This is a Review: One Flew Over the Cuckoo's Nest, by Ken Kesey (Or: I Just Don't Know How to Feel)

September 15, 2015

Another Classics Club (and R.I.P. X!) pick bites the dust, and I'm feeling all kinds of ambivalent about it.

Ken Kesey's iconic One Flew Over the Cuckoo's Nest tells the story of a group of male psychiatric patients living in a hospital ward in Oregon. Our narrator, "Chief" Bromden, is an enormous, half-Native American man who thinks of the hospital as "the combine" that is literally trying to rewire him to be better adjusted to his surroundings. His paranoia begins to lift when a new patient, Randle P. McMurphy, arrives on the ward. A swaggering, gambling-prone redhead, McMurphy threatens to upend the oppressive routine of hospital life overseen by the austere head nurse, Mildred Ratched.

On its face, I adored this book, in no small part to Tom Parker's unparalleled narration. We meet and get to know an enormous cast of characters, and Parker manages to imbue nearly all of them with their own voices and quirks beyond what's found in the text. Most of the men's stories are devastating (Billy Bibbit and Pete Bancini's stories alone were enough to cleave my heart in two), and Kesey never lets us forget about the helpless feeling of inhabiting a world we struggle to fit into. McMurphy, in spite of his smooth talk and his eye on his own bottom line, fosters hope and camaraderie among the men. Maybe they can fit in after all, or maybe—just maybe—the world can adjust to them.
“What do you think you are, for Chrissake, crazy or somethin'? Well you're not! You're not! You're no crazier than the average asshole out walkin' around on the streets, and that's it. ” - Randle McMurphy, One Flew Over the Cuckoo's Nest
The film was also quite good (I mean, Jack Nicholson), but the producers made some changes that distinctly changed the tone (and sometimes the trajectory) of the story. The film does not follow a specific narrator, removing the unreliability of Chief's voice and, with it, the ominous uncertainty of just what is actually going on in the hospital. This shift casts some of the (spoiler-y) events in a different light, and I was grateful to have the book so fresh in my memory so I could draw comparisons. Although I enjoyed the film adaptation, it ultimately couldn't live up to the novel for me.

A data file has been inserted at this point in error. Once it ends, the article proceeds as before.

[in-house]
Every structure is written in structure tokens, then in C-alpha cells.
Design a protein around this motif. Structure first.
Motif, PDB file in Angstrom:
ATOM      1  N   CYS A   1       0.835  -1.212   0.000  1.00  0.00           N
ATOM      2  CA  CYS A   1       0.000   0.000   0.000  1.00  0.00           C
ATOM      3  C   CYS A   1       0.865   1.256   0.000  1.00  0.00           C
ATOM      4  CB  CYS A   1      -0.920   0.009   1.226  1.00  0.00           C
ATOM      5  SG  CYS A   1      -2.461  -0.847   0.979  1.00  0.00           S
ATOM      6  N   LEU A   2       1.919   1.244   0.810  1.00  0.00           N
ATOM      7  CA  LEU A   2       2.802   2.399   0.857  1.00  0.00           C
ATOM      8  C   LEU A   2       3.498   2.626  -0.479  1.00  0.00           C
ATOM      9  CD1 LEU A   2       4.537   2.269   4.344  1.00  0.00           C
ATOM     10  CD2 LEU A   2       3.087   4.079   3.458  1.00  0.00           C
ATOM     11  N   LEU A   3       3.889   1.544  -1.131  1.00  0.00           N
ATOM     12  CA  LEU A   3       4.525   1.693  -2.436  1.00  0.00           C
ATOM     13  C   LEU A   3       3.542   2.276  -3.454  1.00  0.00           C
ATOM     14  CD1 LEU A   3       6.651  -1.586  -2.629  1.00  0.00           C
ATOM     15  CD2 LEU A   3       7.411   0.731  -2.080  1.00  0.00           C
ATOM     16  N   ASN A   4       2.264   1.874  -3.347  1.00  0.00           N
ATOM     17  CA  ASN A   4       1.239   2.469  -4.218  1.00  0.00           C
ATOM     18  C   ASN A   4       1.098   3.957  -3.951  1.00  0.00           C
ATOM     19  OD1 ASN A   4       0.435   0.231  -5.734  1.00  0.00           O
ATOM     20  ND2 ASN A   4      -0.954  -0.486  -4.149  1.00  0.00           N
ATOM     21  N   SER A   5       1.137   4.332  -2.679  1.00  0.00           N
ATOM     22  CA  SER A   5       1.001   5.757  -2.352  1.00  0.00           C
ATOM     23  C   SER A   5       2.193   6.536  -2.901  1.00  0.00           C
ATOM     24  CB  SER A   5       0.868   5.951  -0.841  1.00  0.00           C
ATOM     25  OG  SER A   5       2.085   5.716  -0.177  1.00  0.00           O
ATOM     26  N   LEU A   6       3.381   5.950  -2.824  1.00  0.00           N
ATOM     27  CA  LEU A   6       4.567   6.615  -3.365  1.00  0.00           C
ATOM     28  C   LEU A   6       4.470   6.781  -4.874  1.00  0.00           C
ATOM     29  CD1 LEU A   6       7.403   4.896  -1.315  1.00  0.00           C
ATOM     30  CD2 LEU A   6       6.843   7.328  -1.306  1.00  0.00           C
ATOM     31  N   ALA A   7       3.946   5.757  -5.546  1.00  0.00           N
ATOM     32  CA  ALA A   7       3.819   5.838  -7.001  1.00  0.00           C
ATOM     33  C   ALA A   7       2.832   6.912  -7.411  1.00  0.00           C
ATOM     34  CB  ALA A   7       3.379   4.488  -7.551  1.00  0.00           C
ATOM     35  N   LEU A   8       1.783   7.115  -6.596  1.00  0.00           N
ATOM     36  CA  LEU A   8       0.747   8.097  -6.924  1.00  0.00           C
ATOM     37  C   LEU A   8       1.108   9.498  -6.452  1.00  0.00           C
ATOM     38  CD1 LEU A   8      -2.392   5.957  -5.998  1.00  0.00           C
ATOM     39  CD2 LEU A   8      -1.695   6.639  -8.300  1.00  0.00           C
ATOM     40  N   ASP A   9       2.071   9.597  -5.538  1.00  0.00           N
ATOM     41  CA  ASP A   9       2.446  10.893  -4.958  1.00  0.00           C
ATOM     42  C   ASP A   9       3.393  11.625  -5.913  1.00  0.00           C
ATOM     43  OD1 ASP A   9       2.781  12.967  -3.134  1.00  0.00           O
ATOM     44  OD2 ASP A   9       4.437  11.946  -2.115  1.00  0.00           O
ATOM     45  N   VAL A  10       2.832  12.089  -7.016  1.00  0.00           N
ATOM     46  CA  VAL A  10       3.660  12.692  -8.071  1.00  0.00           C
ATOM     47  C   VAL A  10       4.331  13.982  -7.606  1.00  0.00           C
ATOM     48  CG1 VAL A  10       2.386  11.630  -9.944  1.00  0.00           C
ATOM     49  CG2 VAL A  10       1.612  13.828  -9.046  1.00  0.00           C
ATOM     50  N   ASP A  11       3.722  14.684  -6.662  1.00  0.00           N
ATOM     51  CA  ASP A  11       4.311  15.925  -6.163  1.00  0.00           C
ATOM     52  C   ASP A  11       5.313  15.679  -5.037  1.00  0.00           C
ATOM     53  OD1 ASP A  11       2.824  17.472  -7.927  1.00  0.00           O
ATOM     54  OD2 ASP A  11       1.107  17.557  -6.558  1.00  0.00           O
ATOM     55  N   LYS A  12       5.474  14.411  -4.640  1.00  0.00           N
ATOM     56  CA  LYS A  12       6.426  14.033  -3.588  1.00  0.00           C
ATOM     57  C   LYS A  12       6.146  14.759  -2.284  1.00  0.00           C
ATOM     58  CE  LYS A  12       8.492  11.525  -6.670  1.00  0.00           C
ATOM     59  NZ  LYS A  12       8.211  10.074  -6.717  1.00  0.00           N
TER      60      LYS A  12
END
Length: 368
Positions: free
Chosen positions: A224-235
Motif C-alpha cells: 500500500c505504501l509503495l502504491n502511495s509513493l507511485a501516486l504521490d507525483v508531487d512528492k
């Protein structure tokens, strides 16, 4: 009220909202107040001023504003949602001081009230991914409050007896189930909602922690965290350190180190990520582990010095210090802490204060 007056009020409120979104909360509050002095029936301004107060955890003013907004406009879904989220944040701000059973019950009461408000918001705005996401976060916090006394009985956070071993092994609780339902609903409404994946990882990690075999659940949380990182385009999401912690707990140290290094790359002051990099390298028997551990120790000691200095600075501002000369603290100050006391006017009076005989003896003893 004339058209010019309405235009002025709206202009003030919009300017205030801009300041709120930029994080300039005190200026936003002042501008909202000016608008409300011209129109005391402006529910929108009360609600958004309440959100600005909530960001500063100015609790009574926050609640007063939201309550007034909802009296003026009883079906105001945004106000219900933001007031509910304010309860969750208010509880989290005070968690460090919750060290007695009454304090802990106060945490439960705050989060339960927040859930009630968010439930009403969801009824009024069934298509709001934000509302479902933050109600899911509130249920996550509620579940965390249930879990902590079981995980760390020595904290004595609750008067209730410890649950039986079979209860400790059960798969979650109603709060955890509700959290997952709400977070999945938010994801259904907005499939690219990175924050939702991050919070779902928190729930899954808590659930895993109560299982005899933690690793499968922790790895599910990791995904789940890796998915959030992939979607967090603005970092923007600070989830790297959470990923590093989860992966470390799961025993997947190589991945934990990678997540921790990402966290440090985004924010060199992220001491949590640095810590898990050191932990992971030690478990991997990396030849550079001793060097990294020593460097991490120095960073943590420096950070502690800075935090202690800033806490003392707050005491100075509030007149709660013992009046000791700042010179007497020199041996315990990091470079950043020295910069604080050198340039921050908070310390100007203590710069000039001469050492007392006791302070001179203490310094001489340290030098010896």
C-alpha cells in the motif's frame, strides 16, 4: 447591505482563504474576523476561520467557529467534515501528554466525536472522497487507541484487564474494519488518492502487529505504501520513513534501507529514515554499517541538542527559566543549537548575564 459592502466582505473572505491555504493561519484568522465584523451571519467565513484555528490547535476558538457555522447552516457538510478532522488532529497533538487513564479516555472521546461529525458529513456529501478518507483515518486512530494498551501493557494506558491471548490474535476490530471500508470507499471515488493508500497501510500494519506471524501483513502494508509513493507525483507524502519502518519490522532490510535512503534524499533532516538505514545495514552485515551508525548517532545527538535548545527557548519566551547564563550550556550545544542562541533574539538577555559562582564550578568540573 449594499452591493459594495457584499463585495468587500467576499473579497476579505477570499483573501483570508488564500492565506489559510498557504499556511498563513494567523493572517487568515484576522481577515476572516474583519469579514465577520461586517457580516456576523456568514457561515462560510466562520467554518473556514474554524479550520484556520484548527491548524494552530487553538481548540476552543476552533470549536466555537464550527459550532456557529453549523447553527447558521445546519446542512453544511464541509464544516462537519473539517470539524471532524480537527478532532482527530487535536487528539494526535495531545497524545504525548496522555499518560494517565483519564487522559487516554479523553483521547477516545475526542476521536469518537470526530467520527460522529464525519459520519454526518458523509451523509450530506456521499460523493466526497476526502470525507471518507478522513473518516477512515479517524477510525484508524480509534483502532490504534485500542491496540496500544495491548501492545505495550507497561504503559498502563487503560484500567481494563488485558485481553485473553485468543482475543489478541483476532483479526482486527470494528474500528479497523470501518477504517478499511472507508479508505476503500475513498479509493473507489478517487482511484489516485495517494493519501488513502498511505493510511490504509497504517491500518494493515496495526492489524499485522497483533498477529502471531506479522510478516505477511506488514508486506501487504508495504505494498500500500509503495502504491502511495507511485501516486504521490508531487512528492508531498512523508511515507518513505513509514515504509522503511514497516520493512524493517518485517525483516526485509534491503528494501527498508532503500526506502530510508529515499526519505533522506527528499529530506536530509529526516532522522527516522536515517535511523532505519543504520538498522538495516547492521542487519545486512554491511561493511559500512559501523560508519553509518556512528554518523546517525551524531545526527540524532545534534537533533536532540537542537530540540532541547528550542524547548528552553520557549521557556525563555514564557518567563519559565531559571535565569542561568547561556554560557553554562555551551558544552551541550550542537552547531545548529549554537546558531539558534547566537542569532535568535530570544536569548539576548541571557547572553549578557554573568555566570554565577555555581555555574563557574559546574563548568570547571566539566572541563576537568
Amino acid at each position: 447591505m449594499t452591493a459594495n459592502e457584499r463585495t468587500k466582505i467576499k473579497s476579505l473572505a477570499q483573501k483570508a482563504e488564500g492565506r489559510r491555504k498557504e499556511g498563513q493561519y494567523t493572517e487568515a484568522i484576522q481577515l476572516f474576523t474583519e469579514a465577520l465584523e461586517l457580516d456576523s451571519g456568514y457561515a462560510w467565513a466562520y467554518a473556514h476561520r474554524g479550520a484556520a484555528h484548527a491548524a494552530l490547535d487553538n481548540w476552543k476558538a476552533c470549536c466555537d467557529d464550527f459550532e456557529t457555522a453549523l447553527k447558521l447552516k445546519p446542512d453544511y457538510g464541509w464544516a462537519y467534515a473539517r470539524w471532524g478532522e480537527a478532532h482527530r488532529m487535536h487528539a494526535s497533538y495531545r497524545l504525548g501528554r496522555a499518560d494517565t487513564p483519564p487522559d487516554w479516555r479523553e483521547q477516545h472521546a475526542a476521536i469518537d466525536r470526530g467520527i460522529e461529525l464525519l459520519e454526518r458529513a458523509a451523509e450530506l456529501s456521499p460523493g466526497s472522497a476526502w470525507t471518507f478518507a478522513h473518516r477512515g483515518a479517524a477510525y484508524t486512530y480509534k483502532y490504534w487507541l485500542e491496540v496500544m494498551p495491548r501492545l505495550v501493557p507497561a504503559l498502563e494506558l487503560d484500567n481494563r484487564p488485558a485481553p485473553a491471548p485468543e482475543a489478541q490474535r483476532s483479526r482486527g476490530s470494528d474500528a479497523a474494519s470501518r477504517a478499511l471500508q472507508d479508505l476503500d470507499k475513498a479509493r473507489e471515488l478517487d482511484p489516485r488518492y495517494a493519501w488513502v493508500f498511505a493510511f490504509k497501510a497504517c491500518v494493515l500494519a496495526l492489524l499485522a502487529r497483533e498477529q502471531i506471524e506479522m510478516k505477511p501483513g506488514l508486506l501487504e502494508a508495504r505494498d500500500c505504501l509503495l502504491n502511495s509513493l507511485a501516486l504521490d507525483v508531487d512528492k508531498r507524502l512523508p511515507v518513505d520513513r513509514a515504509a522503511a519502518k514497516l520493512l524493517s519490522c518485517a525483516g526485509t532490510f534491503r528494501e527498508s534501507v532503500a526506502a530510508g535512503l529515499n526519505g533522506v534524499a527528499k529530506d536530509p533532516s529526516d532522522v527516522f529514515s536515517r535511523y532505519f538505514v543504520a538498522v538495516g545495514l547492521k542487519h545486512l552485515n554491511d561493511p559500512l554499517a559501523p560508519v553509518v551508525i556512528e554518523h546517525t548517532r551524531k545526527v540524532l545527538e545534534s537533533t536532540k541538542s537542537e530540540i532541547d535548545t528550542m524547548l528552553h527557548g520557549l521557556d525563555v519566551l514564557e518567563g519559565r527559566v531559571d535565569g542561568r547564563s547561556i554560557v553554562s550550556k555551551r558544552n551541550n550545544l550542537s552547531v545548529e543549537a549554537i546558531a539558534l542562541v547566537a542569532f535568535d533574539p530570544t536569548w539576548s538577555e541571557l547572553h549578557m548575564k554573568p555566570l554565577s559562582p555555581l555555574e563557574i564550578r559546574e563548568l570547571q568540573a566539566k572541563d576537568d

All that being said, there are some potentially nasty things lurking under the rosy tint of wonderful characters and excellent storytelling. This book is riddled with problematic representations of and attitudes toward women. The ward's hero, McMurphy, is committed in the first place for "statutory rape" (McMurphy, in his late 30s, rapes a 15-year-old girl). The ever-demonized Nurse Ratched is at once discussed as sexless and undesirable (and, therefore, not worth much), but one of the attributes the men keep coming back to are her enormous breasts. These breasts also play an uncomfortably pivotal role in the story's climax. The "system" the men of the ward are fighting appears to be almost entirely made up of women bent on emasculating them, and this makes me more than a bit squirmy.

I think this book has so many excellent points worth discussing (personal freedom; the individual versus society; and stark looks at mental illness, male friendship and male vulnerability), and part of me wants so desperately to believe that the sexism is just additional commentary. Since Kesey never seemed to openly address it (at least not that I noticed—correct me if I'm wrong!), I'm stuck feeling uncertain and more than a little troubled.

Can anyone help me out here?

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